When to Start Christian Formation

When to Start Christian Formation

 

Ministering to Expectant Parents

By now most congregations have decided one way or the other if their Fall Christian Formation program would begin before or after Labor Day.  And many others have simply decided by not deciding at all, and therefore are doing nothing. Whether your congregation has one child or a thousand it need not be a difficult decision to start before “the labor day” of the next child to be born into your community of faith.  Yes, Christian Formation begins before birth.  The time of waiting and expectancy is a little “advent” for the parent or parents to be.  This can be a time or spiritual deepening or renewal in anticipation and celebration of new life.  A new life – already being influenced by all that is said and done before as well as after birth.

This ministry can be expressed for an expectant couple with a simple one time gift of a meditation booklet, or can be developed into a full fledged program with many components by an interested individual or committee within the parish. The important thing is to support the expectant parents in some form of recognition – either privately as a one on one form of ministry, or publically in an appropriate manner. In many parishes of the Episcopal tradition it is initiated by the parish priest as is provided for in The Book of Occasional Services.  This involves the use of a public rite called The Blessing of Parents at the Beginning of the Pregnancy. Another resource is Changes: Prayers and Services Honoring Rites of Passage In non-liturgical traditions informal spontaneous prayers might be offered.

Praying For Parents To Be

A beautiful expression of the rite is done in our congregation when prayers are offered during the time following the announcements and just before the Exchange of Peace, in which the priest invites the expectant couple (who are desirous of this rite at about the 7th or 8th month) to come forward for these special prayers of blessing; and then the priest invites all women of the congregation, who choose to come forward for the laying on of hands during a special prayer for the mother to be.  This may include mothers, grandmothers, aunts, sisters, women friends etc. All who feel some special connection or identity for this time in this young woman’s life.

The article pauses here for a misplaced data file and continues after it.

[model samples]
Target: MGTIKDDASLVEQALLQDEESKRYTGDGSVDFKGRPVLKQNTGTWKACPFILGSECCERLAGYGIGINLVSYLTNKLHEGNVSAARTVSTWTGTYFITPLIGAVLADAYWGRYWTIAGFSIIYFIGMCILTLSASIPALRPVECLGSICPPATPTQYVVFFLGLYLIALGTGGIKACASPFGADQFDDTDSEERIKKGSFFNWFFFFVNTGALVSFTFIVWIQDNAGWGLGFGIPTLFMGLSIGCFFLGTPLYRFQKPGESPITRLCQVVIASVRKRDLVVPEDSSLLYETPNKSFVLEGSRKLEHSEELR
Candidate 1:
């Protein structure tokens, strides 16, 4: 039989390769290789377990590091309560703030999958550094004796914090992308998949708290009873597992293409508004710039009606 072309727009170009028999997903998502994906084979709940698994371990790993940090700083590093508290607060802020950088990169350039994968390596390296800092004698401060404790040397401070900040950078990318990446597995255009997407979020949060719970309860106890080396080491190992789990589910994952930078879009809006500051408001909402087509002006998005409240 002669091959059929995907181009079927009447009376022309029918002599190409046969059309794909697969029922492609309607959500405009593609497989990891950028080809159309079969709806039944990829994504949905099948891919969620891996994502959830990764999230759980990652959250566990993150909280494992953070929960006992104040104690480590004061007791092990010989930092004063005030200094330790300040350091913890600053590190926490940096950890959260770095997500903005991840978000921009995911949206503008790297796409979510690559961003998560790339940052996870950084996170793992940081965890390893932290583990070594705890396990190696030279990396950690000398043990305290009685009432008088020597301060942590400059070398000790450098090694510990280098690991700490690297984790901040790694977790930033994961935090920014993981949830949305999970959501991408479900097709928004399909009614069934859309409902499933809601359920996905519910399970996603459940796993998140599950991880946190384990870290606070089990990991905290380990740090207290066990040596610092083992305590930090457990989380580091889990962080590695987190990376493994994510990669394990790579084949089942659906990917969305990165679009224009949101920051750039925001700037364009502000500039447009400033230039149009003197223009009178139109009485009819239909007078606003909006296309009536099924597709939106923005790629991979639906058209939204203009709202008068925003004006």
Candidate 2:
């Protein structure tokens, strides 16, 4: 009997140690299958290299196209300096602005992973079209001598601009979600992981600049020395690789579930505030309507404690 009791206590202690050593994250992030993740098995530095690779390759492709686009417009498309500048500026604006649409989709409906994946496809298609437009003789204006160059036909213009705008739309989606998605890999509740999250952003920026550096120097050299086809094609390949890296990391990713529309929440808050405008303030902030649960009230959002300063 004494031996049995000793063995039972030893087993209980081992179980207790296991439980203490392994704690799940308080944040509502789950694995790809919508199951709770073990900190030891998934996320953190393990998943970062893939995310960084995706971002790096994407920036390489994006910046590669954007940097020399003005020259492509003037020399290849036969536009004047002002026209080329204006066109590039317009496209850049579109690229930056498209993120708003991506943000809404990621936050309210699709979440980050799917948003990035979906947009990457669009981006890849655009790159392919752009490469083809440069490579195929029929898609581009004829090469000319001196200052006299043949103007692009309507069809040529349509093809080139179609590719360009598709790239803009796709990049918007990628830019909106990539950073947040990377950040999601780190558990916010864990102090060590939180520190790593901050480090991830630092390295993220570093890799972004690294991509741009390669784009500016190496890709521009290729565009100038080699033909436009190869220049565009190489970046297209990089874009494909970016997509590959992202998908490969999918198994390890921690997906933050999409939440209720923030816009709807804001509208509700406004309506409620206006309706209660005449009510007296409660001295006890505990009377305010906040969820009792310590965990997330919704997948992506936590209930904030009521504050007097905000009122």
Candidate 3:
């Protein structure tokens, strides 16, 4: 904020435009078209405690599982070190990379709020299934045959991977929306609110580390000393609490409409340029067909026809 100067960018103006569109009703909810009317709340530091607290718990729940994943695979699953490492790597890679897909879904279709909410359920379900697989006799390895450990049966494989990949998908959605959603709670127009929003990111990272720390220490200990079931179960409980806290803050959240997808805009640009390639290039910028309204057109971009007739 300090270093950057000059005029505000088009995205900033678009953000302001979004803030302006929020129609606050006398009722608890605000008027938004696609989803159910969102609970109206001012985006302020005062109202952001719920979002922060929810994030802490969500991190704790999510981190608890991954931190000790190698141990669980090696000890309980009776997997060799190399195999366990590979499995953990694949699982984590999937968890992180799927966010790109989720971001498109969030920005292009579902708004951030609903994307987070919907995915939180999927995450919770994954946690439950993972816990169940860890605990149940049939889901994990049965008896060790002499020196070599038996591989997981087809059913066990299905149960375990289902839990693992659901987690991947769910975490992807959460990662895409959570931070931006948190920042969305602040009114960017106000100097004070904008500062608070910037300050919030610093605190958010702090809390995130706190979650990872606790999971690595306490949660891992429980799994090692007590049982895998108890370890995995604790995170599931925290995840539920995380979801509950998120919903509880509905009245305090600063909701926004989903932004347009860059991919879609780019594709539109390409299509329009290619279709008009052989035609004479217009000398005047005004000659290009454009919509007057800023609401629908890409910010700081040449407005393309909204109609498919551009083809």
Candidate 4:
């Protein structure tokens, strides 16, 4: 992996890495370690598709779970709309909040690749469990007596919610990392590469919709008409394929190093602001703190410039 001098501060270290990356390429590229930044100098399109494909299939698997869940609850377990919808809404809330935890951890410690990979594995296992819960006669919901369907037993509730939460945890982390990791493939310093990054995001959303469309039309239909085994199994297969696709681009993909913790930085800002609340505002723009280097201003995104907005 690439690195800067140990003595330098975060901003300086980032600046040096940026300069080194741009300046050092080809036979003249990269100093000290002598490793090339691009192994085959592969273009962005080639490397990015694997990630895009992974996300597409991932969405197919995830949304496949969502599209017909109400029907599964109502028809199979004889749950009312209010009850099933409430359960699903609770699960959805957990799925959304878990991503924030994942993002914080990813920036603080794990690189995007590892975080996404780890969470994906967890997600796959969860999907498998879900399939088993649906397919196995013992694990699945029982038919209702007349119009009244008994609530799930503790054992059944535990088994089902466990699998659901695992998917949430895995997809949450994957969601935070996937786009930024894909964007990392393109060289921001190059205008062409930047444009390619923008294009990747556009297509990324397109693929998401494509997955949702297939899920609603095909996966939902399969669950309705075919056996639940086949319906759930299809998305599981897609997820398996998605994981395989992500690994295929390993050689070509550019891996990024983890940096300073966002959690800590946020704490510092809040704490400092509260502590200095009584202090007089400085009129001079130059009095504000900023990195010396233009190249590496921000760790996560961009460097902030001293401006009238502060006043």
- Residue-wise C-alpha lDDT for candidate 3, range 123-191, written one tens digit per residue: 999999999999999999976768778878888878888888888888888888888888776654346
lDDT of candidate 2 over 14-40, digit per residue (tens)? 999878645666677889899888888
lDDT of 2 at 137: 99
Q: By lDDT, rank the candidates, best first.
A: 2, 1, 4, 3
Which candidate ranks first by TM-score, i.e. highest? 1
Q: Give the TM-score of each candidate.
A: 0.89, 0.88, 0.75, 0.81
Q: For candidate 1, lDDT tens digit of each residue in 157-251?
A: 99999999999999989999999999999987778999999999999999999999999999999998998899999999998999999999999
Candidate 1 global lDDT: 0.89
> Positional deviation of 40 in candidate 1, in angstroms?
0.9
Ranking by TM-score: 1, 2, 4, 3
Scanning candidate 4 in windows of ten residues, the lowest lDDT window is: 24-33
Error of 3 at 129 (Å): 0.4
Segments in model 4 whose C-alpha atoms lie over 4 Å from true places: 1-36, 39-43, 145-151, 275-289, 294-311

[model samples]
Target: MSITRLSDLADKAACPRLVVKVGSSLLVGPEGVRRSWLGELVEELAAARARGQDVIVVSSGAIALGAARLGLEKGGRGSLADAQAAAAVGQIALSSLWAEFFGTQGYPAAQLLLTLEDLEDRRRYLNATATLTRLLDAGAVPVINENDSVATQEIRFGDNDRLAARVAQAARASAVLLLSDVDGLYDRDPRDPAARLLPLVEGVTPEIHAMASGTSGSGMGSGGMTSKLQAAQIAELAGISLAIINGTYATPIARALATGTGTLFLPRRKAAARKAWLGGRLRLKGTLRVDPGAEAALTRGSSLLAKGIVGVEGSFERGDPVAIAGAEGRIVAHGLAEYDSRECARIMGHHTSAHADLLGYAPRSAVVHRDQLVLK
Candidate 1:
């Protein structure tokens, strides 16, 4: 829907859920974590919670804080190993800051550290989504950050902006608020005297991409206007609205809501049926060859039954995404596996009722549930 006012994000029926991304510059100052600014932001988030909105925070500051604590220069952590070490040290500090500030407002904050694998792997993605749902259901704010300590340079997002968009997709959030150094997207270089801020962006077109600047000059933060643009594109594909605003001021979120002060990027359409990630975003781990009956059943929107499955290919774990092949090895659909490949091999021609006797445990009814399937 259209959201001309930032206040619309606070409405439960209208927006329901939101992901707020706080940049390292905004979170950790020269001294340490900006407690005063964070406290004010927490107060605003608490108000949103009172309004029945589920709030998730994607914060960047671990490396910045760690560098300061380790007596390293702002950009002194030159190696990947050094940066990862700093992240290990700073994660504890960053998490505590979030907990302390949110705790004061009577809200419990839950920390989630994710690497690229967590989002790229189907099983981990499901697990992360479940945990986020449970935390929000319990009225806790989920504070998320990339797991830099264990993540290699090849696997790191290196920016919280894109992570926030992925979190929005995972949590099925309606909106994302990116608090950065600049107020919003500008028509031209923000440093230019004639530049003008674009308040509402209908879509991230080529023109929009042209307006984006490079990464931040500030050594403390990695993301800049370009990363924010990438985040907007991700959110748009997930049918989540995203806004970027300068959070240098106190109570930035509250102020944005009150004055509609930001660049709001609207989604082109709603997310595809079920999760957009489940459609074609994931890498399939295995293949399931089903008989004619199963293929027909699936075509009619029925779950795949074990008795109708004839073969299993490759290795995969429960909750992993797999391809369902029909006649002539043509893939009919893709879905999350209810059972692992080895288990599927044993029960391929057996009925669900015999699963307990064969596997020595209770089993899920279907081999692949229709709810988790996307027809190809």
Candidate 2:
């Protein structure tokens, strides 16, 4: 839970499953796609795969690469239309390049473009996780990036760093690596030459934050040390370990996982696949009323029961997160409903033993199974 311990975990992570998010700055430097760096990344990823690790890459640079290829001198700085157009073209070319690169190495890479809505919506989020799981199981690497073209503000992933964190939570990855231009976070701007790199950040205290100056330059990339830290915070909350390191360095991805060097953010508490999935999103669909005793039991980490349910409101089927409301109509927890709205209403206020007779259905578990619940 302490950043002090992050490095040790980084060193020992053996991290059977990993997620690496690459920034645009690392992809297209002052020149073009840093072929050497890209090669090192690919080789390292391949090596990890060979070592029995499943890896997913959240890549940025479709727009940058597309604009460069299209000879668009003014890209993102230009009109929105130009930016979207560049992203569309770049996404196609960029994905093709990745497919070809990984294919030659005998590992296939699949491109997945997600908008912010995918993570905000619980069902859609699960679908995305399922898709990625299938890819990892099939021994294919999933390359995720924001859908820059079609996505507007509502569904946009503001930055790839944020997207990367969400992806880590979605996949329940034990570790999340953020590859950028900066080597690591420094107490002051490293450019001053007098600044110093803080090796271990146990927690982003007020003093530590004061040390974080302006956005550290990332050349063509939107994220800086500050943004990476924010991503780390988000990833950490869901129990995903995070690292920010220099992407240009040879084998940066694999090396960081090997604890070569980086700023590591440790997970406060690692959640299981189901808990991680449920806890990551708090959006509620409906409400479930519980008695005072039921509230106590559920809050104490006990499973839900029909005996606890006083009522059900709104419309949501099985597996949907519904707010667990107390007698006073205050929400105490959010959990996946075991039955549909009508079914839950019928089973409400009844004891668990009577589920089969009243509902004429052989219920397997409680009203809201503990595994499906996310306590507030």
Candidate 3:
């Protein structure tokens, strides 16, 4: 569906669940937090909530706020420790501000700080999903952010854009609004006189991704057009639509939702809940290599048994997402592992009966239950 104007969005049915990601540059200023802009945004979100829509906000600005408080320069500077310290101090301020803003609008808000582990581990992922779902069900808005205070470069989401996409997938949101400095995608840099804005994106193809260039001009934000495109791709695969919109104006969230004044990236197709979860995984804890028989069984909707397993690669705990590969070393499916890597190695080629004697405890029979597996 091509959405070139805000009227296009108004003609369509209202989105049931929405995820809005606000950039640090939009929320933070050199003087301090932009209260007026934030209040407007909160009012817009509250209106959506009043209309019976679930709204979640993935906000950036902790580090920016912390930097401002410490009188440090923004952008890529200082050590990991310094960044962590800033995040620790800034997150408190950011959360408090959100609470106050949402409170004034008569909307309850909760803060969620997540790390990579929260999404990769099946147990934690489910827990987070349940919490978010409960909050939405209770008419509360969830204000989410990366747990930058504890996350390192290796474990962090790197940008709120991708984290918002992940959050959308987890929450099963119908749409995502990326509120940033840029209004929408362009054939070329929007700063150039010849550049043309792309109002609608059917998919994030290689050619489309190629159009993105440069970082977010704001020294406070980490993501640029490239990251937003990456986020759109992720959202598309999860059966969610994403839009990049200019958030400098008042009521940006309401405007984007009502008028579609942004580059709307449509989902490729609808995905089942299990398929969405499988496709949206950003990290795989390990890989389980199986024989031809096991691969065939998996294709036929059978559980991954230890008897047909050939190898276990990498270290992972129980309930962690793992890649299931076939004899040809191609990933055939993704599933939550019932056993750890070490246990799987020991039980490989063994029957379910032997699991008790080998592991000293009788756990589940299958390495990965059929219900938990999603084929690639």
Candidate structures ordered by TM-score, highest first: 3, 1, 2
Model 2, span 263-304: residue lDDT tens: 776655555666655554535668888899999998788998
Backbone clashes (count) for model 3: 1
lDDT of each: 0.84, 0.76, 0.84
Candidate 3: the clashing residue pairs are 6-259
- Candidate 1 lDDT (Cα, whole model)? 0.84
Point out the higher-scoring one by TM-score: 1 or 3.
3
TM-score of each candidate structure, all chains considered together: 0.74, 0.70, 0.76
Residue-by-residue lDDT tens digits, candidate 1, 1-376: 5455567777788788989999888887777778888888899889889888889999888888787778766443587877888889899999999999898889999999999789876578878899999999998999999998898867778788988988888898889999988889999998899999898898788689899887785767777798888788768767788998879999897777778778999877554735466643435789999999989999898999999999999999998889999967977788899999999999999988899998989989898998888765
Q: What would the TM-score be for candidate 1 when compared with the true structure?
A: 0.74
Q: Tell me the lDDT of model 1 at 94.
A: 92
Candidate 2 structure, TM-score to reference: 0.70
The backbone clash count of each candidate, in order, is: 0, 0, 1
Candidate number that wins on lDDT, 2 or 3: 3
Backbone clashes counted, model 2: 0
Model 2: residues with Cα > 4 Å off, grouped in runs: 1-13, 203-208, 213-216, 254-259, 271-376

You may also want to consider couples (or singles) who are expecting to adopt a child. New dads, new moms, new grandparents . . . all have hope and expectation of new life and new beginnings. God cherishes all.

A small meditation booklet that can be used either in personal ministry or given at the time of this Rite of Blessing is: Waiting in Hope: Meditation for Expectant Parents, by Christine Dubois Bourne & Steve E. Bourne (Thomas Nelson Publishers, 1993). This book would be welcomed in the early month of pregnancy even though the public Rite of Blessing may be delayed until the later months. Perhaps there are other such resources that you know about as well.

The important thing is to support the parent/s and encourage this time of waiting as a time of potential spiritual growth for them and for the unborn child.  Already this child of God is being surrounded and influenced by all that the expectant mother says and does – her thoughts, her feelings, her words, her songs and her prayers.

 


Genelda Woggon has been ministered to and by children for over 40 years in her professional work as a Christian Formation Leader, most especially through the Catechesis of the Good Shepherd for the past 20 years. 

 

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